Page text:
Johnta Austin

Johnta Austin says his latest album “Love, Sex and Religion” is full of feel-good music with great lyrics, melodies and subjects. —PHOTO: DS HATHAWAY

Few singer/songwriters in R&B can lay claims to the kind of success that Johnta Austin has had over more than two decades in the music business.

From being a two-time Grammy award winner for penning Mariah Carey’s “We Belong Together” and Mary J. Blige’s “Be Without You” to writing countless hits for other artists, Austin has left an indelible mark on R&B.

In 2016, Academy Award-winning director Lee Daniels sought the Atlanta, Georgia, native to work on music for his Fox television drama “Star,” which saw Austin crafting sounds for the musical drama and all of its artists on the show.

In addition to his catalog as a songwriter, Austin is also a solo artist and in support of his new project “Love, Sex, & Religion” is touring with Musiq Soulchild. Austin took time ahead of his tour stop on Dec. 26 at Philly’s City Winery to discuss his longevity as a musician, what he enjoys about today’s R&B and how the Philly music tradition inspires him.

Q: What has been a key to your longevity in the music business, where acts can be here today and gone tomorrow?

A: For me it’s always started and ended with the song and songwriting. When you have a great lyric and melody and a great song from the beginning of the time, it can work, whether it’s 1995 or 2095. Great songs will always be great songs

Q: What’s the biggest difference in crafting songs for someone else versus yourself?

A: It’s the same approach. I just want to make great songs. I want to hear what space the artist is in creatively, what they want to say with this particular body of work and what we’re trying to say in that particular time.

Q: What are your thoughts on the current state of R&B? Who are some acts that you are fond of right now?

A. I’m encouraged by it when I see people like Summer Walker, Daniel Caesar and Bruno Mars. I think R&B is in a great state. Marrying of different cultures is key, like when Tory Lanez sampled the song I wrote for Trey Songz (2007’s “Can’t Help But Wait”) for his recent project and put Trey on the new song. When you have a great song it lasts a lifetime.

Q: What can listeners expect from your new album, “Love, Sex, & Religion”?

A: It’s feel-good music: great lyrics, melody, subjects and complete songs. I miss how we used to make R&B records before the current structure of a hook and two verses being 2-minute-and-15-second songs. I wanted to take it back to how we used to do bridges and make great music. If you can tell a story in two minutes that’s cool, but I like for the stories to be complete and see where the story goes. I think Bruno Mars did a great job of being new but going back to the roots of traditional R&B.

Q: How has working with Jermaine Dupri shaped your career path and the way you see creating music?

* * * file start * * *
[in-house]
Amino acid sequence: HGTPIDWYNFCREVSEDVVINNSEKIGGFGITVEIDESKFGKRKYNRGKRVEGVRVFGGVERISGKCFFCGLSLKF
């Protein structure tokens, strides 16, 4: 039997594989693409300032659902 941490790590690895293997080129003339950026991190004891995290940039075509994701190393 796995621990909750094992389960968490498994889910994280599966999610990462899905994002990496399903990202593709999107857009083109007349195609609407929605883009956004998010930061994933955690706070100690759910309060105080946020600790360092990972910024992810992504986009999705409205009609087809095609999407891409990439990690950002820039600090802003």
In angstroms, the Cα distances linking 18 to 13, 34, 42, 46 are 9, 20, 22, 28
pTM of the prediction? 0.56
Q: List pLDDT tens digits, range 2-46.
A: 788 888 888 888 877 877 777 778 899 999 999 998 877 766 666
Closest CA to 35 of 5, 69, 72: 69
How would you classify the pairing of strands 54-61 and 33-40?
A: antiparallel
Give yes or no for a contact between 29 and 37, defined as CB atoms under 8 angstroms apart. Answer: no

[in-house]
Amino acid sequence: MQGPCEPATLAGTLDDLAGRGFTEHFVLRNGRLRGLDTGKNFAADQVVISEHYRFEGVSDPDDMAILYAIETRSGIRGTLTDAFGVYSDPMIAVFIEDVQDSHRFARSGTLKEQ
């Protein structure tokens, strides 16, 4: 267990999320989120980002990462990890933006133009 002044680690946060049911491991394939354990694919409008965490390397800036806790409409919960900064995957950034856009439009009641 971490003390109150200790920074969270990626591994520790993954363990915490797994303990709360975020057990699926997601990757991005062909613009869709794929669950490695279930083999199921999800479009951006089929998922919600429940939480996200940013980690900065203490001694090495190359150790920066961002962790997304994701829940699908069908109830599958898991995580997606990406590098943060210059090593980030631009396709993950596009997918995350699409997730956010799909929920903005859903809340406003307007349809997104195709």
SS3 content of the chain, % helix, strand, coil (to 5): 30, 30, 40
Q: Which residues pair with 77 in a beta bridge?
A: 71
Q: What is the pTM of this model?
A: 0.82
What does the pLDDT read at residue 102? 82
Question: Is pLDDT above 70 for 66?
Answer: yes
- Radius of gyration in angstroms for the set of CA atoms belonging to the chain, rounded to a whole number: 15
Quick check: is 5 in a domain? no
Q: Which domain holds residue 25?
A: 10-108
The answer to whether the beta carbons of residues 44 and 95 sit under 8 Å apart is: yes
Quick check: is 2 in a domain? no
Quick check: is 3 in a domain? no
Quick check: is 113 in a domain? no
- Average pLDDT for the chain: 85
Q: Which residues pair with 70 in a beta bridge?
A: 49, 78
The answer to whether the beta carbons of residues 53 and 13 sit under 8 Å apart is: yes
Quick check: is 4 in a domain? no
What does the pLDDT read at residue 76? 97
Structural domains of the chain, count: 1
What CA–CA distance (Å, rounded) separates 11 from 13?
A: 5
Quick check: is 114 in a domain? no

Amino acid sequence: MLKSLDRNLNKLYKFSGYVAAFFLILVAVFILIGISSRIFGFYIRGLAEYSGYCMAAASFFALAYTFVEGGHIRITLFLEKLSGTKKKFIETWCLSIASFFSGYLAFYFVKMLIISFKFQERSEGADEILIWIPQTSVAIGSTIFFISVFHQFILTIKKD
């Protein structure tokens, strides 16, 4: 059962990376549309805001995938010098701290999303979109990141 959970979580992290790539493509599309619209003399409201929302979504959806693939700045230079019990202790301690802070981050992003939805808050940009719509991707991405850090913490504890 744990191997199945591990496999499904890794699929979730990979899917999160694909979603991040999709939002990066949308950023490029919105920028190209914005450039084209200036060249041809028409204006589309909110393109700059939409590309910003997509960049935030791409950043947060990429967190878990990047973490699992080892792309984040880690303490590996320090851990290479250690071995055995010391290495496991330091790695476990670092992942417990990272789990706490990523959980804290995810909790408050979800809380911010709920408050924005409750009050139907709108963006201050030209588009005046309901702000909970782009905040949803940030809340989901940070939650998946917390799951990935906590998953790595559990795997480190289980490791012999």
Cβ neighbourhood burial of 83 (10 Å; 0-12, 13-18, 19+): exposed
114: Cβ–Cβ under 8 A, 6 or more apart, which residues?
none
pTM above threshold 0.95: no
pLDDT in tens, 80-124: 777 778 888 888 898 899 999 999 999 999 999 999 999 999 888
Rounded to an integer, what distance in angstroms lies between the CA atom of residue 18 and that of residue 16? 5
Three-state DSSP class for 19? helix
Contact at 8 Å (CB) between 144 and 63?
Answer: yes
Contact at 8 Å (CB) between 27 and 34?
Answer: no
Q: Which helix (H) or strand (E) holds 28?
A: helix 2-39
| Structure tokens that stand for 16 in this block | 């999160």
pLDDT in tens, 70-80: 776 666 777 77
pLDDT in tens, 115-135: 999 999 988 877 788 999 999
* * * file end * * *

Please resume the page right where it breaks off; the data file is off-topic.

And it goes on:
A: I grew up as a child in Atlanta first seeing Kris Kross and his work with Da Brat and Xscape. It was a dream to work with J.D. and finally doing it has been amazing in terms of the lessons as far as song structure, lyrics, melody and how to approach a song. He’s a phenomenal songwriter, producer and artist and sees so much in other creatives and is such a master of helping you tap into your best creative self. He doesn’t get enough credit for bringing that out of artists, creatives and executives and it’s inspiring

Q: What was the experience like in working on Fox’s musical prime-time drama “Star”?

A: “Star” was amazing but fast-paced. In the music industry, it takes time to make an album and put a project together. In television, you go week on and week off in terms of managing episodes and getting vocals cut. (Director) Lee Daniels was phenomenal in his creative direction. The girls and all of the other cast members who had to record were really great. But it was the pace that took some getting used to.

Q: What is it about Philly’s R&B legacy that inspires you?

A: Starting with the contributions, I think you’d be hard pressed to find two better songwriters than Kenny Gamble and Leon Huff. Philly is rich in the history of R&B and amazing songs and artists from The Sound of Philadelphia. My connection is to producers Dre & Vidal, who I collaborated with for “Yo” and “Poppin’” from Chris Brown’s debut album. With Philly natives like Jill Scott and amazing neo soul, Philadelphia knows its music and it’s a pleasure to be opening for Musiq Soulchild.

Q: In addition to the City Winery tour, what new things can fans expect from you in 2020?

A: The tour will be a great night of R&B, cuts from my album, “Love Sex and Religion.” Musiq is at the top of his game and you’re just reminded of how many hits he has. People can definitely expect the City Winery tour and I’m working on new music from Trey Songz and Usher. Bryan-Michael Cox and I are doing a joint EP together of brand new material.

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